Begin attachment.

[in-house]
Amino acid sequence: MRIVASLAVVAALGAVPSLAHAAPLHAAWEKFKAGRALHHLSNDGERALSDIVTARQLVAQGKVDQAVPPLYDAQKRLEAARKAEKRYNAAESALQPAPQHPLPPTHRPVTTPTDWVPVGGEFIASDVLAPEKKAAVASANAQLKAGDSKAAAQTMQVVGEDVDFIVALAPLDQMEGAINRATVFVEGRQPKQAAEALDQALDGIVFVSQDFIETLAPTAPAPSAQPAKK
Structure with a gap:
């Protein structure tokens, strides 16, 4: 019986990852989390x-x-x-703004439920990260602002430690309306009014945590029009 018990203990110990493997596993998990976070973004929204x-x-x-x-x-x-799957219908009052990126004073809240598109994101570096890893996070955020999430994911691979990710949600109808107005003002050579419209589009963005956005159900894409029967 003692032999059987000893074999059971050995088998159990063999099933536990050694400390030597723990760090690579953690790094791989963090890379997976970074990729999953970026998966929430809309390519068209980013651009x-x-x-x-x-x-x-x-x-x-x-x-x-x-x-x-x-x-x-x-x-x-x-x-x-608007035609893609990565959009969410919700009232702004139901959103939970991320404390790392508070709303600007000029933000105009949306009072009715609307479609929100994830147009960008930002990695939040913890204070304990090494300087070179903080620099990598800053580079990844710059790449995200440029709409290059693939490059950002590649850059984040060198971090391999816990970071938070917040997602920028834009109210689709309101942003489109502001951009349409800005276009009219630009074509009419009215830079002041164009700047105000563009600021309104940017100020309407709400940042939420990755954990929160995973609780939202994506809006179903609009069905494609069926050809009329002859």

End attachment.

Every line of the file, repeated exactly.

[in-house]
Amino acid sequence: MRIVASLAVVAALGAVPSLAHAAPLHAAWEKFKAGRALHHLSNDGERALSDIVTARQLVAQGKVDQAVPPLYDAQKRLEAARKAEKRYNAAESALQPAPQHPLPPTHRPVTTPTDWVPVGGEFIASDVLAPEKKAAVASANAQLKAGDSKAAAQTMQVVGEDVDFIVALAPLDQMEGAINRATVFVEGRQPKQAAEALDQALDGIVFVSQDFIETLAPTAPAPSAQPAKK
Structure with a gap:
């Protein structure tokens, strides 16, 4: 019986990852989390x-x-x-703004439920990260602002430690309306009014945590029009 018990203990110990493997596993998990976070973004929204x-x-x-x-x-x-799957219908009052990126004073809240598109994101570096890893996070955020999430994911691979990710949600109808107005003002050579419209589009963005956005159900894409029967 003692032999059987000893074999059971050995088998159990063999099933536990050694400390030597723990760090690579953690790094791989963090890379997976970074990729999953970026998966929430809309390519068209980013651009x-x-x-x-x-x-x-x-x-x-x-x-x-x-x-x-x-x-x-x-x-x-x-x-x-608007035609893609990565959009969410919700009232702004139901959103939970991320404390790392508070709303600007000029933000105009949306009072009715609307479609929100994830147009960008930002990695939040913890204070304990090494300087070179903080620099990598800053580079990844710059790449995200440029709409290059693939490059950002590649850059984040060198971090391999816990970071938070917040997602920028834009109210689709309101942003489109502001951009349409800005276009009219630009074509009419009215830079002041164009700047105000563009600021309104940017100020309407709400940042939420990755954990929160995973609780939202994506809006179903609009069905494609069926050809009329002859």